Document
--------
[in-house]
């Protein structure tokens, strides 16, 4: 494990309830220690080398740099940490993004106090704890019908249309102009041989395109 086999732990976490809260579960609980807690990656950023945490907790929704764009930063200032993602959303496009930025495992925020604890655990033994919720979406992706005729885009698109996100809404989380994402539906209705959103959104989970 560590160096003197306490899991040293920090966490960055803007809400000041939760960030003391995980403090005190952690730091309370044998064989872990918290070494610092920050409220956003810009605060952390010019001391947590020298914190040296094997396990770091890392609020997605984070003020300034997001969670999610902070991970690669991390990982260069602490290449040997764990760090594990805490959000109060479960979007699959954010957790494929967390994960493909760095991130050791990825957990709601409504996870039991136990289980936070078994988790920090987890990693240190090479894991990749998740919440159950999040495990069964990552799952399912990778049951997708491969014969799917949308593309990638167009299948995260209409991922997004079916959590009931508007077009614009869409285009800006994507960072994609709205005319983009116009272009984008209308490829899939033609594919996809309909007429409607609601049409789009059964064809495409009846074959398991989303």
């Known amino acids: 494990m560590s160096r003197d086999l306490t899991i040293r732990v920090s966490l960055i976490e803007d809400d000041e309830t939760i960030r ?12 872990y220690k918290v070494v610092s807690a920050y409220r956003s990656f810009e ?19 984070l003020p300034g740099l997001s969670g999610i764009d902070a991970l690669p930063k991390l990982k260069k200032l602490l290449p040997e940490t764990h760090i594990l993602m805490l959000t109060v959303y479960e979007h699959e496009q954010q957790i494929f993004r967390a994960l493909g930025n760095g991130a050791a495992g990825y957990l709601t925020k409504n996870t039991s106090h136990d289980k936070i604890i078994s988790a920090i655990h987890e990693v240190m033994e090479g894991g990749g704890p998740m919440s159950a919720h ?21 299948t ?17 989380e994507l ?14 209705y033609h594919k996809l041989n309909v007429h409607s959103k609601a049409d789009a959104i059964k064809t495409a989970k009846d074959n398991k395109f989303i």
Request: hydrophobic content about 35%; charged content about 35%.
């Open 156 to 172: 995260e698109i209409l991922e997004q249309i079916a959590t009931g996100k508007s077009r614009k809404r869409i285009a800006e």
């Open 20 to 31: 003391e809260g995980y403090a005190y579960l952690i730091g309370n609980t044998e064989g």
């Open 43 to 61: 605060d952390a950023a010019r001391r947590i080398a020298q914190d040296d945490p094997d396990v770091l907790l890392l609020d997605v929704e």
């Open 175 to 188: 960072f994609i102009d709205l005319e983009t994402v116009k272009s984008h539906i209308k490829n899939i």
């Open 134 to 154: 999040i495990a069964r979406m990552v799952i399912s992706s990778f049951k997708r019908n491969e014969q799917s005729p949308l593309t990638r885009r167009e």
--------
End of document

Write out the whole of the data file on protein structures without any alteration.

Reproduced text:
[in-house]
């Protein structure tokens, strides 16, 4: 494990309830220690080398740099940490993004106090704890019908249309102009041989395109 086999732990976490809260579960609980807690990656950023945490907790929704764009930063200032993602959303496009930025495992925020604890655990033994919720979406992706005729885009698109996100809404989380994402539906209705959103959104989970 560590160096003197306490899991040293920090966490960055803007809400000041939760960030003391995980403090005190952690730091309370044998064989872990918290070494610092920050409220956003810009605060952390010019001391947590020298914190040296094997396990770091890392609020997605984070003020300034997001969670999610902070991970690669991390990982260069602490290449040997764990760090594990805490959000109060479960979007699959954010957790494929967390994960493909760095991130050791990825957990709601409504996870039991136990289980936070078994988790920090987890990693240190090479894991990749998740919440159950999040495990069964990552799952399912990778049951997708491969014969799917949308593309990638167009299948995260209409991922997004079916959590009931508007077009614009869409285009800006994507960072994609709205005319983009116009272009984008209308490829899939033609594919996809309909007429409607609601049409789009059964064809495409009846074959398991989303």
């Known amino acids: 494990m560590s160096r003197d086999l306490t899991i040293r732990v920090s966490l960055i976490e803007d809400d000041e309830t939760i960030r ?12 872990y220690k918290v070494v610092s807690a920050y409220r956003s990656f810009e ?19 984070l003020p300034g740099l997001s969670g999610i764009d902070a991970l690669p930063k991390l990982k260069k200032l602490l290449p040997e940490t764990h760090i594990l993602m805490l959000t109060v959303y479960e979007h699959e496009q954010q957790i494929f993004r967390a994960l493909g930025n760095g991130a050791a495992g990825y957990l709601t925020k409504n996870t039991s106090h136990d289980k936070i604890i078994s988790a920090i655990h987890e990693v240190m033994e090479g894991g990749g704890p998740m919440s159950a919720h ?21 299948t ?17 989380e994507l ?14 209705y033609h594919k996809l041989n309909v007429h409607s959103k609601a049409d789009a959104i059964k064809t495409a989970k009846d074959n398991k395109f989303i």
Request: hydrophobic content about 35%; charged content about 35%.
């Open 156 to 172: 995260e698109i209409l991922e997004q249309i079916a959590t009931g996100k508007s077009r614009k809404r869409i285009a800006e």
């Open 20 to 31: 003391e809260g995980y403090a005190y579960l952690i730091g309370n609980t044998e064989g």
């Open 43 to 61: 605060d952390a950023a010019r001391r947590i080398a020298q914190d040296d945490p094997d396990v770091l907790l890392l609020d997605v929704e």
């Open 175 to 188: 960072f994609i102009d709205l005319e983009t994402v116009k272009s984008h539906i209308k490829n899939i």
């Open 134 to 154: 999040i495990a069964r979406m990552v799952i399912s992706s990778f049951k997708r019908n491969e014969q799917s005729p949308l593309t990638r885009r167009e």